Lysine is an important amino acid that must be supplied in our diets, as our bodies can’t produce it. Low lysine content in crops such as cereals and legumes results in protein-energy malnutrition in 30% of the population of the developing world. The engineering of crops with higher lysine levels is a goal that requires not only lysine overproduction in plants but also the concurrent disruption of lysine breakdown. However, the biochemical processes that catabolize lysine in plants haven’t been fully understood. In particular, there’s been no consensus about the steps in the process following the formation of a chemical intermediate known as 2-oxoadipate (2OA).
Recently, researchers from the Joint BioEnergy Institute (JBEI) described a novel catabolic pathway in which 2OA is converted into its product, D-2-hydroxyglutarate (2HG), via the linking enzyme, hydroxyglutarate synthase (HglS). To better understand this reaction, the researchers performed protein crystallography on HglS at ALS Beamlines 5.0.2 and 8.2.2, part of the Berkeley Center for Structural Biology (BCSB). Based on the results, the researchers proposed a detailed catalytic mechanism for HglS involving a metallic cofactor, most likely Fe(II). Notably, HglS is a DUF 1338 protein (“DUF” proteins are characterized by “domains of unknown function”), and the elucidation of its function is a first for a member of the DUF 1338 family.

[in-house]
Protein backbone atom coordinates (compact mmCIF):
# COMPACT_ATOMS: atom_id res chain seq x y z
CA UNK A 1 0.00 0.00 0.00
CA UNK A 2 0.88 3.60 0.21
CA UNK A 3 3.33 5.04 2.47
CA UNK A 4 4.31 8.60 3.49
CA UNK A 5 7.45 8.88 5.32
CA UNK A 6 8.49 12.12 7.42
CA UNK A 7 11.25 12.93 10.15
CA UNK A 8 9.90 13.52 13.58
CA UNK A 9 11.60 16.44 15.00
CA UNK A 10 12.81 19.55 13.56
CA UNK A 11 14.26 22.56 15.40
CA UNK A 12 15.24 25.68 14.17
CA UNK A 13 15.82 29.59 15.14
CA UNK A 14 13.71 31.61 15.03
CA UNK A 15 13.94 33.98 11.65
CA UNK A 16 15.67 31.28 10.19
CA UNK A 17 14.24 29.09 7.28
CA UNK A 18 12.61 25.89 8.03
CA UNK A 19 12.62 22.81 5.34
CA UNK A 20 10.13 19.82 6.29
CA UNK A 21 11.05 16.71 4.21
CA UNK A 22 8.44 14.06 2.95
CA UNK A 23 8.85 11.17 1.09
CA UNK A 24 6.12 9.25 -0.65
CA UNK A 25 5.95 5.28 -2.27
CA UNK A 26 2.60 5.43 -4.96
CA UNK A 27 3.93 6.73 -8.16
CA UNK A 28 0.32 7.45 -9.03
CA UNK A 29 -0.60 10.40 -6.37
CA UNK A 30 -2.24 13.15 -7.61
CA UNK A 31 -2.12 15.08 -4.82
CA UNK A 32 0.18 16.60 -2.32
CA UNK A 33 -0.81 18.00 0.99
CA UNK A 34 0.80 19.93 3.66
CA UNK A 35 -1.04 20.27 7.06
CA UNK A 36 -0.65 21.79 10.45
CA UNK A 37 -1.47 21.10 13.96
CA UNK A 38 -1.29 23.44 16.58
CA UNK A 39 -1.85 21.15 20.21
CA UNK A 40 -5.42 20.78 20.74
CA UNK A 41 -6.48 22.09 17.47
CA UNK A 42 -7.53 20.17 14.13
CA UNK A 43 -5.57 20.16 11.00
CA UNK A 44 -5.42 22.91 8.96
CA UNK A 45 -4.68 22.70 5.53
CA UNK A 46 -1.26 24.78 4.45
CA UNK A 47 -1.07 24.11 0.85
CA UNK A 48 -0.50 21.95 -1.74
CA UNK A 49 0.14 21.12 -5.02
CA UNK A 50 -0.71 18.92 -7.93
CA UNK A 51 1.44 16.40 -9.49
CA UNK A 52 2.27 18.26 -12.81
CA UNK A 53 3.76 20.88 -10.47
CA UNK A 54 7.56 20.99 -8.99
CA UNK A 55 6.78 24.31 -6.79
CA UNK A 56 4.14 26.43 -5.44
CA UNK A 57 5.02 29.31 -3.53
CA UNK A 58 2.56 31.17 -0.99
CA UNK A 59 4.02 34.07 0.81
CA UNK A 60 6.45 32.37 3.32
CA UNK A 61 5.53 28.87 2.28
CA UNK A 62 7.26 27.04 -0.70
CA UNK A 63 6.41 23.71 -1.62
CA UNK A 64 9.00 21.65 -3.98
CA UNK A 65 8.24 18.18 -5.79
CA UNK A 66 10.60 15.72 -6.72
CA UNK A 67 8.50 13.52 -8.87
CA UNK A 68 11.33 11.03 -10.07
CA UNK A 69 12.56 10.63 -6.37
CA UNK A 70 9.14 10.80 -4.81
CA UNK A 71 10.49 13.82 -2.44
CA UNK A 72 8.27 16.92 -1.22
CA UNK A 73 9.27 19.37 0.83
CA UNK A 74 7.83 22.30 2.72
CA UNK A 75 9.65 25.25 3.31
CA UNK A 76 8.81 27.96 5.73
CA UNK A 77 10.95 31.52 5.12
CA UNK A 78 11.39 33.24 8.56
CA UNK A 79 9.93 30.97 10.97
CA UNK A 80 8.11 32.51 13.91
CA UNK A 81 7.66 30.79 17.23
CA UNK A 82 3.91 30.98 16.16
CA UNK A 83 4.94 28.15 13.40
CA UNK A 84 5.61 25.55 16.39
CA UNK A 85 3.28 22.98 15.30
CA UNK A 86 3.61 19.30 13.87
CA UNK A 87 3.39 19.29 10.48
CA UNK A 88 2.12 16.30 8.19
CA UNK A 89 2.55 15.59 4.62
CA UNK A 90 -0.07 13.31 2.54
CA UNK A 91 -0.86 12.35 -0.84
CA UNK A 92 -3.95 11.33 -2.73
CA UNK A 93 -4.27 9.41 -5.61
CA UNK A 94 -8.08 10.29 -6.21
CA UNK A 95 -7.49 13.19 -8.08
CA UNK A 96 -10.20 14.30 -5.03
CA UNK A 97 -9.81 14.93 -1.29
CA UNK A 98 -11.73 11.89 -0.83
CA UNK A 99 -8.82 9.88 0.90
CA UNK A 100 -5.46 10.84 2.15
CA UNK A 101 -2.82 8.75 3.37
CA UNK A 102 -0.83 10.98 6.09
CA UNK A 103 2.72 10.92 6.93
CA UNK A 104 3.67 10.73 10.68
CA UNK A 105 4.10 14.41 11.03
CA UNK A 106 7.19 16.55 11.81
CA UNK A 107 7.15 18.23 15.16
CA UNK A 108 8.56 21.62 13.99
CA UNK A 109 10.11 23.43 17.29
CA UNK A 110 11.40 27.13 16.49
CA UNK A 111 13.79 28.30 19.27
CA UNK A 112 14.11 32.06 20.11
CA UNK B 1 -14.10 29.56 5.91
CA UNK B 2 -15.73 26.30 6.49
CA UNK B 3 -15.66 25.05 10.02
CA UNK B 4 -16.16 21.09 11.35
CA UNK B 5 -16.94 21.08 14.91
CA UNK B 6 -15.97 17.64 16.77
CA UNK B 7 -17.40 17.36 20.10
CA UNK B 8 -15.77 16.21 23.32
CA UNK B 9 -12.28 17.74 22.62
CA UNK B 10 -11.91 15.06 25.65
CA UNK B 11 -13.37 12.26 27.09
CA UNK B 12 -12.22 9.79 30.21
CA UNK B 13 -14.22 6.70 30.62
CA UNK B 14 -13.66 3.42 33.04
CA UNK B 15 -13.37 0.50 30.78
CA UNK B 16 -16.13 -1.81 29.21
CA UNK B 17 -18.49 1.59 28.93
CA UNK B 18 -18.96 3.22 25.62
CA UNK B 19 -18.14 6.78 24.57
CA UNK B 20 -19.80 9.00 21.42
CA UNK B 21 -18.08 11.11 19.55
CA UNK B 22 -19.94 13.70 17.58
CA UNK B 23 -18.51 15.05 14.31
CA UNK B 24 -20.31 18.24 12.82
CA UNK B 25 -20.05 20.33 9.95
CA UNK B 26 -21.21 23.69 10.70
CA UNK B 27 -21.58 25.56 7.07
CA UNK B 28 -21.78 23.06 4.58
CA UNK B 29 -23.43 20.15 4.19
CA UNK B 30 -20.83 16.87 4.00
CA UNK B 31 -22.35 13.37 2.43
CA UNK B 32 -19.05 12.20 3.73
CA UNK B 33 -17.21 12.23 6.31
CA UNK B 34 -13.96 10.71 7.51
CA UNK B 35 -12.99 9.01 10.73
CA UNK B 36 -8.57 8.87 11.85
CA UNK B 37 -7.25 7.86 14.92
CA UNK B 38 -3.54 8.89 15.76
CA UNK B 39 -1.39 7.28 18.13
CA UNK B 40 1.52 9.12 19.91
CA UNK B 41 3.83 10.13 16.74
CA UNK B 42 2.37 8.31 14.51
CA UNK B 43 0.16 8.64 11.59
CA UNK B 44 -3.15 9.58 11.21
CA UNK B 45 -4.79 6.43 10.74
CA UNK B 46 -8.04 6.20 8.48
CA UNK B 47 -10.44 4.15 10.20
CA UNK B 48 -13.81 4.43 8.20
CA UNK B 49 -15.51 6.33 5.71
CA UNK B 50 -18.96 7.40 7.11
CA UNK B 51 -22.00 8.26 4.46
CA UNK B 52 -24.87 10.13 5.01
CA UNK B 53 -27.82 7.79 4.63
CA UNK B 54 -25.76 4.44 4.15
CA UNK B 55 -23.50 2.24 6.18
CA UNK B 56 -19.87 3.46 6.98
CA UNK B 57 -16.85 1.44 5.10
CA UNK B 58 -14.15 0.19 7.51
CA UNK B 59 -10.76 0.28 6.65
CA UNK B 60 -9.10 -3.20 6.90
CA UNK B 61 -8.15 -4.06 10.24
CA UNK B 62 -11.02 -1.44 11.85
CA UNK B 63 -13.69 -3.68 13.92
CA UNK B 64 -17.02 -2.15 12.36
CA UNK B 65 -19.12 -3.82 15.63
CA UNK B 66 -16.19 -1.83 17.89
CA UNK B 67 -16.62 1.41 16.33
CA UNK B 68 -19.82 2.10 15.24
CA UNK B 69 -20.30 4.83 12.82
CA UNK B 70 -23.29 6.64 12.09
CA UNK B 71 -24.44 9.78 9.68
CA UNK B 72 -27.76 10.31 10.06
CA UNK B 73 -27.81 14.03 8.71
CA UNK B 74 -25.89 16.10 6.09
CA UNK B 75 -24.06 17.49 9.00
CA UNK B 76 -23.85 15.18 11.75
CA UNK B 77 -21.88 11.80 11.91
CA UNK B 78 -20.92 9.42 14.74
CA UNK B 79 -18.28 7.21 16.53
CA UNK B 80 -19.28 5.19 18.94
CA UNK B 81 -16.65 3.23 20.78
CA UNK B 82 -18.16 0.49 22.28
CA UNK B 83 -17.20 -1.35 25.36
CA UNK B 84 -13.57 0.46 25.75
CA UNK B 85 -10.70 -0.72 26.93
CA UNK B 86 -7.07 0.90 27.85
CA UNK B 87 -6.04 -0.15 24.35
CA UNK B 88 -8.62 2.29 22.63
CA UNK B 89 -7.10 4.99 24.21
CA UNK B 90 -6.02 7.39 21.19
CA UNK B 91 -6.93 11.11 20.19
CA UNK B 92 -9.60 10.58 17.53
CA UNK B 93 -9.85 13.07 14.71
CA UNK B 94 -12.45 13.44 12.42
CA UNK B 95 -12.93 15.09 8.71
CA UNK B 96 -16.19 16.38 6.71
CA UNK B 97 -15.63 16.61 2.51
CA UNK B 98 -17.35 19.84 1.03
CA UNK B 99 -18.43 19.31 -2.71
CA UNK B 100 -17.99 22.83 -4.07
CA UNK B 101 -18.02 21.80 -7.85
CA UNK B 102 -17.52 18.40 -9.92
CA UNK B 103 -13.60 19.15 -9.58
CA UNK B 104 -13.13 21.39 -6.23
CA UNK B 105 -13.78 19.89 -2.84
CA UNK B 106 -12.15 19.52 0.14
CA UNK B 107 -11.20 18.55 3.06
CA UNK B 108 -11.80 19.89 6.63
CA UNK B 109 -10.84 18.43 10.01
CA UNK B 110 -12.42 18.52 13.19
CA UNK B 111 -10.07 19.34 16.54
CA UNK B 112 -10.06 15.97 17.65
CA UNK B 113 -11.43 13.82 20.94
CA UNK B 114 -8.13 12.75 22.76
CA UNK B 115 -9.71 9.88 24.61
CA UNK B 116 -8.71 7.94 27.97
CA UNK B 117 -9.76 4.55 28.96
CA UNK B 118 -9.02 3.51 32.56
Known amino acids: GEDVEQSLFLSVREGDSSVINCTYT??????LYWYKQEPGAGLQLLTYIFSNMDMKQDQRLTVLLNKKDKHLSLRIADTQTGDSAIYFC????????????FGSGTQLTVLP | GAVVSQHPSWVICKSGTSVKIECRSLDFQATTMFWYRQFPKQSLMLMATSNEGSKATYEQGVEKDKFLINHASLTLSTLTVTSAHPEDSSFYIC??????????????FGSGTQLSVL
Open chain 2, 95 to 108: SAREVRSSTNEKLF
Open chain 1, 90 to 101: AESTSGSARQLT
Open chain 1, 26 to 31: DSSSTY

With this final piece of the lysine metabolic process in place, the researchers hope that a more complete understanding of lysine catabolism will aid in the successful development of stable high-lysine crops to combat malnutrition globally.
M.G. Thompson, J.M. Blake-Hedges, J.H. Pereira, J.A. Hangasky, M.S. Belcher, W.M. Moore, J.F. Barajas, P. Cruz-Morales, L.J. Washington, R.W. Haushalter, C.B. Eiben, Y. Liu, W. Skyrud, V.T. Benites, T.P. Barnum, E.E.K. Baidoo, H.V. Scheller, M.A. Marletta, P.M. Shih, P.D. Adams, and J.D. Keasling, “An iron (II) dependent oxygenase performs the last missing step of plant lysine catabolism,” Nat. Commun. 11, 2931 (2020), doi: 10.1038/s41467-020-16815-3.
Adapted from the JBEI news article, “Finding the missing step of an important molecular process.”